As the years went on, Lou did settle down (somewhat) and all of us enjoyed his company, his positive outlook on life, walks together, games, and belly rubs. When the girls had their teenage friends over, there was Lou right in the middle of them watching TV, hanging out and getting more than his fair share of belly rubs.

Lou's outlook on life was so good that when, unbeknownst to any of us, cancer began to invade his lungs, he plowed on with his happy, exhuberant energy going on our daily walks and even attending Youngest Daughter's college softball game. A couple of short days later, we realized something was wrong.
Lou on his last walk.
After he was diagnosed with lung cancer, we brought Oldest Daughter home to say her goodbyes as the two of them had a particularly special bond. He perked up immensely on her arrival and they had a wonderful weekend together.

Then as soon as she left, it was as if Lou knew his time had come and he closed his eyes for the last time that same evening. It was just over two weeks from the time we realized things were not quite right with Lou. Blindingly fast.

We miss Lou terribly and are thankful for our time together and the wonderful memories we are left with. A piece of advice, if I may. If you haven't hugged your loved ones today, please do so. Our time together is way too short. And if your loved one includes a canine friend, give him an extra belly rub from me. The therapeutic value of a good belly rub can never be underestimated - either for the receiver or the giver.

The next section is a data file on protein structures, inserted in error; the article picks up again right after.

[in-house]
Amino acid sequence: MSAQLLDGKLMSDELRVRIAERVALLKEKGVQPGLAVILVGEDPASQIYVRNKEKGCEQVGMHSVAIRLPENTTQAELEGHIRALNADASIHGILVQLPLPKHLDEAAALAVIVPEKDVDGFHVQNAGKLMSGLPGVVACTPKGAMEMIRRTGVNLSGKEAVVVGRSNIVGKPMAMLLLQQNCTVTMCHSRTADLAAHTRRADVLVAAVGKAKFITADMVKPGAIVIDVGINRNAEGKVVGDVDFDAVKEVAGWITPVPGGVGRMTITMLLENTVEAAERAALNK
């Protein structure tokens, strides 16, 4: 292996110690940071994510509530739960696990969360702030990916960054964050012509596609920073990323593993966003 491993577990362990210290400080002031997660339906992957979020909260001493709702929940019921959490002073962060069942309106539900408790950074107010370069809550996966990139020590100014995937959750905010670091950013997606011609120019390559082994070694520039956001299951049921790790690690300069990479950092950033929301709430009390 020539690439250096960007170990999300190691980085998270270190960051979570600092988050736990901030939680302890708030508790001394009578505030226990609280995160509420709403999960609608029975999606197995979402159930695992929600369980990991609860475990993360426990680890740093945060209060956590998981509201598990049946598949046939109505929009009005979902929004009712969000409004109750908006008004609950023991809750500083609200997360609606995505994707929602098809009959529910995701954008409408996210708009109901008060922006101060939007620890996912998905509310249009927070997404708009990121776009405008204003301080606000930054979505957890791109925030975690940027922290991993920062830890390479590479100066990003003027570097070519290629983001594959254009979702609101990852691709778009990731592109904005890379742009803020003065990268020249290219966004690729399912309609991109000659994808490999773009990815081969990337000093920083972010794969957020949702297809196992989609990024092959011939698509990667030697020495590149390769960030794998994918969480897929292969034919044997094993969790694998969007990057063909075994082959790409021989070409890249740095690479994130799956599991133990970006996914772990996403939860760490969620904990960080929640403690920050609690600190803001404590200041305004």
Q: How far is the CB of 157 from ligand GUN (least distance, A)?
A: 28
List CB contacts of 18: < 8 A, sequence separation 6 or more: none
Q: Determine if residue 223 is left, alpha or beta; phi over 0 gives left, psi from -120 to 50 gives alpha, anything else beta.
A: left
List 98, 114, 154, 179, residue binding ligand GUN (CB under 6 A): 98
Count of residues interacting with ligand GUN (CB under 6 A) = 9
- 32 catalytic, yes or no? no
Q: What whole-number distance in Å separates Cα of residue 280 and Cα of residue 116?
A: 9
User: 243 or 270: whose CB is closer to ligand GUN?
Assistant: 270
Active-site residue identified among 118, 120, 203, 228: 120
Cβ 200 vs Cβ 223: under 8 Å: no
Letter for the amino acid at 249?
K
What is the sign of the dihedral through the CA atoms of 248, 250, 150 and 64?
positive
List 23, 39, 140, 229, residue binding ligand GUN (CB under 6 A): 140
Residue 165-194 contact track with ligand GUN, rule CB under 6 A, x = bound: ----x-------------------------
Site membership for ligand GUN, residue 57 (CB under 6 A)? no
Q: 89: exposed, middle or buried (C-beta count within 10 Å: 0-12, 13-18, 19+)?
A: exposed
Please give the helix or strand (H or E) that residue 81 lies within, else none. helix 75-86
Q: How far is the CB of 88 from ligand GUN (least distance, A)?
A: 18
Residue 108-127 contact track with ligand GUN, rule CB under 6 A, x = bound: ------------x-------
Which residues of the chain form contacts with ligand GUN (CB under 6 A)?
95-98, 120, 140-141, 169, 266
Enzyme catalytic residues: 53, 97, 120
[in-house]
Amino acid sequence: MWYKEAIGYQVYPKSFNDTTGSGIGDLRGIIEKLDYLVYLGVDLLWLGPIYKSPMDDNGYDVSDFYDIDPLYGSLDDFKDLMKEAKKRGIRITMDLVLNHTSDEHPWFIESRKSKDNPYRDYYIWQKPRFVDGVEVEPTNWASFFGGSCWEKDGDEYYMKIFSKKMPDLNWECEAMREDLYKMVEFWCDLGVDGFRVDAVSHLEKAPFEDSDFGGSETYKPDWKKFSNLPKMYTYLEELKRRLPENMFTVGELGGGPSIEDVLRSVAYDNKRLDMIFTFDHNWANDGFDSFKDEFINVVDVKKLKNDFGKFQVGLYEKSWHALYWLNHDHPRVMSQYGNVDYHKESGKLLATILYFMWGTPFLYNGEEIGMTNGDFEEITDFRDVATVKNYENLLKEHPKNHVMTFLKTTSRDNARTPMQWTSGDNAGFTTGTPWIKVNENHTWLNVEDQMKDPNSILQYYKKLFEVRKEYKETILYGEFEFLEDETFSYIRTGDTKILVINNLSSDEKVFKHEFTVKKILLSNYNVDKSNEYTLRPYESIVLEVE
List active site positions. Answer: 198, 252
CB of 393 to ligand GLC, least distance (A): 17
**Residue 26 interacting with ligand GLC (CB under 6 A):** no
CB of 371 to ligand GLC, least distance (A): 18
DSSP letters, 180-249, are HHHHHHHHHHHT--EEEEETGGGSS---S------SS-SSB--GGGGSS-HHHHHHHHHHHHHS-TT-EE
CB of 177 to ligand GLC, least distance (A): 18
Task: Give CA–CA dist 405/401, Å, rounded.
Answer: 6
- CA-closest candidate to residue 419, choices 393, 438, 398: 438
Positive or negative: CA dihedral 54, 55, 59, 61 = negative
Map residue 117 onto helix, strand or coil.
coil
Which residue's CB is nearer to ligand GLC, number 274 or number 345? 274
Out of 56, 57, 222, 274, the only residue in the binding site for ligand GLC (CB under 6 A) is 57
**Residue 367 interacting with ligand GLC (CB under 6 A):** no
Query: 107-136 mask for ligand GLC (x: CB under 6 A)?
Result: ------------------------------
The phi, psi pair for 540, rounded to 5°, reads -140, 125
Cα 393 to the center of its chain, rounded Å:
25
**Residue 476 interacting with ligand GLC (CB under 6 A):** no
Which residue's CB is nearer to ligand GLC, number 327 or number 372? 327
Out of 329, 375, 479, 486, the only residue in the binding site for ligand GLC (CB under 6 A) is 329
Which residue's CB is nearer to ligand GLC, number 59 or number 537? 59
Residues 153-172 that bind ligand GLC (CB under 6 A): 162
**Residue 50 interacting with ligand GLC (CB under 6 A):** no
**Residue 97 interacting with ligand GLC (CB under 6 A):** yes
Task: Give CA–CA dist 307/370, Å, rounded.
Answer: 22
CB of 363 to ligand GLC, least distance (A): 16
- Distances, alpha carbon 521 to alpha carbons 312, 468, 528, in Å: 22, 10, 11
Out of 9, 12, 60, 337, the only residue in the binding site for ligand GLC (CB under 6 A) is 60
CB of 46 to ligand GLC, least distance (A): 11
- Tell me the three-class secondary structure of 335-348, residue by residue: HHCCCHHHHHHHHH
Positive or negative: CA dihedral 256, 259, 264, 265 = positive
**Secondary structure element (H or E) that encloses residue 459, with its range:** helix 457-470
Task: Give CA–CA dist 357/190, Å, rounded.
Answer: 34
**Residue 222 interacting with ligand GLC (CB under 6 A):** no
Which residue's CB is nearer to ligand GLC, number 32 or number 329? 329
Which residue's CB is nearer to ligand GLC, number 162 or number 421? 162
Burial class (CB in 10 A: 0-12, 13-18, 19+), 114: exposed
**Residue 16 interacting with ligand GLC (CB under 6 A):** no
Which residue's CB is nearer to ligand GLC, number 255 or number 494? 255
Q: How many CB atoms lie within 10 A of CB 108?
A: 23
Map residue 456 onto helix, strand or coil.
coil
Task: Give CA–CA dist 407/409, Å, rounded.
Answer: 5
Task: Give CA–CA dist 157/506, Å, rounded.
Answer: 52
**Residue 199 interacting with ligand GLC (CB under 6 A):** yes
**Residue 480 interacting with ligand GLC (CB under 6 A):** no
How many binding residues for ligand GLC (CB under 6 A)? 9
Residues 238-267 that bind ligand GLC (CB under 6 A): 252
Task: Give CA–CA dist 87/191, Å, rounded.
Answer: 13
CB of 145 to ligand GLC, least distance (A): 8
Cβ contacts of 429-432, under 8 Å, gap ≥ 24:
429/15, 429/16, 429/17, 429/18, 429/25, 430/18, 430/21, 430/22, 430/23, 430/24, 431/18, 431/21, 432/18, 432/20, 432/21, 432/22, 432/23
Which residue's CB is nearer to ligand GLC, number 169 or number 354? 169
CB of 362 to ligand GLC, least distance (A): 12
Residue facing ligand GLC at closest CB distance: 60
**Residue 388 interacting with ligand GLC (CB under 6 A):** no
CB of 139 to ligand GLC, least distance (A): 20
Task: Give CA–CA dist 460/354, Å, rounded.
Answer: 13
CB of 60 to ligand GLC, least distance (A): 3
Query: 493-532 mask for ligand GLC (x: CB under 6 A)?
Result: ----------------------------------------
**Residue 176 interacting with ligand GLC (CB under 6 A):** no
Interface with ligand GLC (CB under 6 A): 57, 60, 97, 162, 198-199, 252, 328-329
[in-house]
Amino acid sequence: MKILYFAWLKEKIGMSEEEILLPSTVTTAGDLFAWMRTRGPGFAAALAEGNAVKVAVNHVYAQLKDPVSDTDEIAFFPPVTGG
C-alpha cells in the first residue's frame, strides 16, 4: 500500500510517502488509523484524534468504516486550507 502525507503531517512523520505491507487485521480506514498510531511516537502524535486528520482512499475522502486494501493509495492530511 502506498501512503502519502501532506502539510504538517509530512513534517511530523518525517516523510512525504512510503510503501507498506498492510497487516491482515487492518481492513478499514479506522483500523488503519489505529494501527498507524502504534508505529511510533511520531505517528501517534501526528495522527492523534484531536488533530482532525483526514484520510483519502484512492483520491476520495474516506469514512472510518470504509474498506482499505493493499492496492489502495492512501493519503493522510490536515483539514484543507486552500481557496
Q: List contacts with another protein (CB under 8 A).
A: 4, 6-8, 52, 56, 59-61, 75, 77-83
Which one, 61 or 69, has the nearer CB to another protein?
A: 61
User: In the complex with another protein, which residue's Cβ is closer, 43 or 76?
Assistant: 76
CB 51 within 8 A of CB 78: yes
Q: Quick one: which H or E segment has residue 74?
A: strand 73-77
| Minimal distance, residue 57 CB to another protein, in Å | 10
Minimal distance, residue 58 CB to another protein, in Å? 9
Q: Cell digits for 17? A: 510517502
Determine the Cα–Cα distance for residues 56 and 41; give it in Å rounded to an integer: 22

Thank you to my Wonderful Readers for your kind comments and words of support.

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Thank you again to Kathleen Schaffer of Pup Art for permission to post the agility pictures she took of Lou.

© 2012, copyright Michelle Goodrum

Thursday, March 22, 2012

Getting the Family Trained - Treasure Chest Thursday

A very exciting thing happened recently. I think I am getting my family truly trained. Out of the blue, my mother-in-law sent me copies of a page in a family Bible her mother received from a relative! Most of the information I have seen before but I do believe I see a clue in there. Oooh, something to look into. But that's not the best part.

Husband was going to see his mom so I asked him to take a picture of the cover of the Bible and the publishing and copyright information inside. They did better than that. Mom gave Husband the Bible!

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© 2012, copyright Michelle Goodrum

Sunday, March 18, 2012

21COFH - Preserve Current Events - Week 12

Recent history is just as important as ancient history. Last week we cleared our digital images off our cameras, and other digital devices. This week document an important event or vacation in your family's history. Perhaps it's that spring break trip your family just returned from, a birthday or wedding or even the holidays or last summer's vacation.

In this wonderful age we live in, there are countless opportunities to share and preserve the important events in our lives. Choose a method and immortalize that trip, vacation or other event. Here are a few ideas:
  • Post your pictures to Facebook.
  • Share on your favorite photo sharing site.
  • Make a photobook using an online service.
  • Produce an online photobook to share.
  • Print your pictures and put them in an album
  • Scrapbook your images either online or the old fashioned way.
What are some of the ways you enjoy sharing your photos and important events? We'd all love to hear your ideas.